UNC- Charlotte - Visualization Center
We have developed visual analysis methods to investigate hundreds of thousands or more bank transactions over extended periods of time. Transactions are clustered and reclustered according to their similarities and then explored for patterns of keywords, distribution within and between clusters, amount of activity or amount of money transferred, and other factors.
Real world knowledge gathering and investigative tasks are very complex because the problem-solving context is constantly evolving, and the data may be incomplete, unreliable and/or conflicting. We are developing a mixed-initiative reasoning agent that will assist homeland security analysts to choose from and reason about enormous databases of text, imagery, video and webcast.
A multimodal data analysis is applied to concurrent visual signals, auditory signals, and, when available, closed caption text. The analysis is general and unstructured; it can be applied, for example, to broadcast video in any language. We have applied the analysis to automatically identify and segment news broadcasts. However, the methods can be applied to identify and segment other broadcast types as well.
The integration of intelligent image content analysis and interactive visualization has produced a complete visual analytics tool. Image content analysis is automatically applied to a set of images with unknown content. Concepts within the images can be found from a pre-trained set or added by user selection on a training set of images. Images are then clustered according to their properties and according to the concepts they contain so that like images will be close to one another. This work is led by Jianping Fan and Jing Yang.
The above video analysis produces rich and complex patterns over time. We are developing a variety of analysis techniques to attack this ever-changing stream of topics, allowing the user to quickly get an overview of what is being discussed and then home in on the most relevant stories associated with topics of interest.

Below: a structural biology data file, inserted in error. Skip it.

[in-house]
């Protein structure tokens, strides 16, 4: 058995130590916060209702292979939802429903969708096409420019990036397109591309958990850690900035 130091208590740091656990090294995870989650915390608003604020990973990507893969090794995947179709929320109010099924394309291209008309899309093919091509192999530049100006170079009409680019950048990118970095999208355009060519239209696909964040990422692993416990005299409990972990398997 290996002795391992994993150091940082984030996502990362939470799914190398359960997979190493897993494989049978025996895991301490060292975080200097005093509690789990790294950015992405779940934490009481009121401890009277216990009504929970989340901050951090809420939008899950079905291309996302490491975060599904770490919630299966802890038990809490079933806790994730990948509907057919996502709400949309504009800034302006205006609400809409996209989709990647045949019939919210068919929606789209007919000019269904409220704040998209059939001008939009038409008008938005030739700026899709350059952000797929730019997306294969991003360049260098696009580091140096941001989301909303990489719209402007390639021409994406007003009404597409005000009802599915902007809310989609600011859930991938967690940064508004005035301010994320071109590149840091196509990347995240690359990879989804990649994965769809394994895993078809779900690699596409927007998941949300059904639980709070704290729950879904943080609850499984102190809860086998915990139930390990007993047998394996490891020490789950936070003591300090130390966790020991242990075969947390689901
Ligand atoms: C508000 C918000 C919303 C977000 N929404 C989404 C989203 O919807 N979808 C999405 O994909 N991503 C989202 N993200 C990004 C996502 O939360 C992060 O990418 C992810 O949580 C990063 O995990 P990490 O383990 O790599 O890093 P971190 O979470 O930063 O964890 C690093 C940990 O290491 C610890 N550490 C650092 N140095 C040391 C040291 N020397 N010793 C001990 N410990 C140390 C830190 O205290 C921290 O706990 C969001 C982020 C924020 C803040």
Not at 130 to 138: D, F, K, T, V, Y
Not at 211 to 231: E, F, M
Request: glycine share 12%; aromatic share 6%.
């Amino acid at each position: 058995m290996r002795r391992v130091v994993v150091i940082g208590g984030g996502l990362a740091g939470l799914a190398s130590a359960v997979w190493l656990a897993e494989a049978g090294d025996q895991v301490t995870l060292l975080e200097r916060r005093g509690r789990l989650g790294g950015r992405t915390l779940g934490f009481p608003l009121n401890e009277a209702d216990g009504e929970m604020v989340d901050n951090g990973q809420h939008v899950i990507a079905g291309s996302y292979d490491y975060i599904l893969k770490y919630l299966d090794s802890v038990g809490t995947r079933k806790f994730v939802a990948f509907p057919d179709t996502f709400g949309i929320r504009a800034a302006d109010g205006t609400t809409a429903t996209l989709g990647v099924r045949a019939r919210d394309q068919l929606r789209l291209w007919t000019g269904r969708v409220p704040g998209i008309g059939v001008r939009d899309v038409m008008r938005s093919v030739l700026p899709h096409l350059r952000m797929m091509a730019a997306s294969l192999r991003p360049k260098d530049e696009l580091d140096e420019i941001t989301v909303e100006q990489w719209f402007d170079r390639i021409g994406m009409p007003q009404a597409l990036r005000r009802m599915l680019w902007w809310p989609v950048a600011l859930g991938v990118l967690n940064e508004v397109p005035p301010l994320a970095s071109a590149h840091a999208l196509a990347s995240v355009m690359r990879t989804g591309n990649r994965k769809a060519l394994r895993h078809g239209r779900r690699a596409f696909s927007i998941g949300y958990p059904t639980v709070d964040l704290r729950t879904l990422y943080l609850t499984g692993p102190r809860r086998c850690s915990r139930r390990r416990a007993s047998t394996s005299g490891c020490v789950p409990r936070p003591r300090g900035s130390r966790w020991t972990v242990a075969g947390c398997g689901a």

Parallel Sets is a powerful technique for the interactive visual analysis of categorical data. In addition to visualizing the existing data, parallel sets allow the user to create new data dimensions by combining existing ones, thus tailoring the data to the analysis process and the user’s model.
Georgia Tech- GVU Visualization Center
We are developing a system that will help analysts browse through large collections of intelligence reports. The system begins by parsing plain text reports and constructing XML nodes with fields for the important report items such as people mentioned, dates, places, and activities.
We are developing computational techniques for recognizing story plots connecting (apparently isolated) events. The goal is to recognize story plots early enough to make useful predictions about future events. Work is currently done on the VAST dataset synthesized by PNNL, which contains news stories about numerous events, including some 120 events pertaining to illegal or unethical activities in a hypothetical community. This work is led by Ashok Goel.
We are developing a Visual Analytics Digital Library (VADL) to support instructors building new visual analytics courses and students and others who simply seek to learn more about the area. The VADL includes articles, course notes, lecture slides, video lectures, homework exercises and other useful items. By accumulating all these materials at one site, we provide a convenient and easy-to-access collection. This project is led by Jim Foley.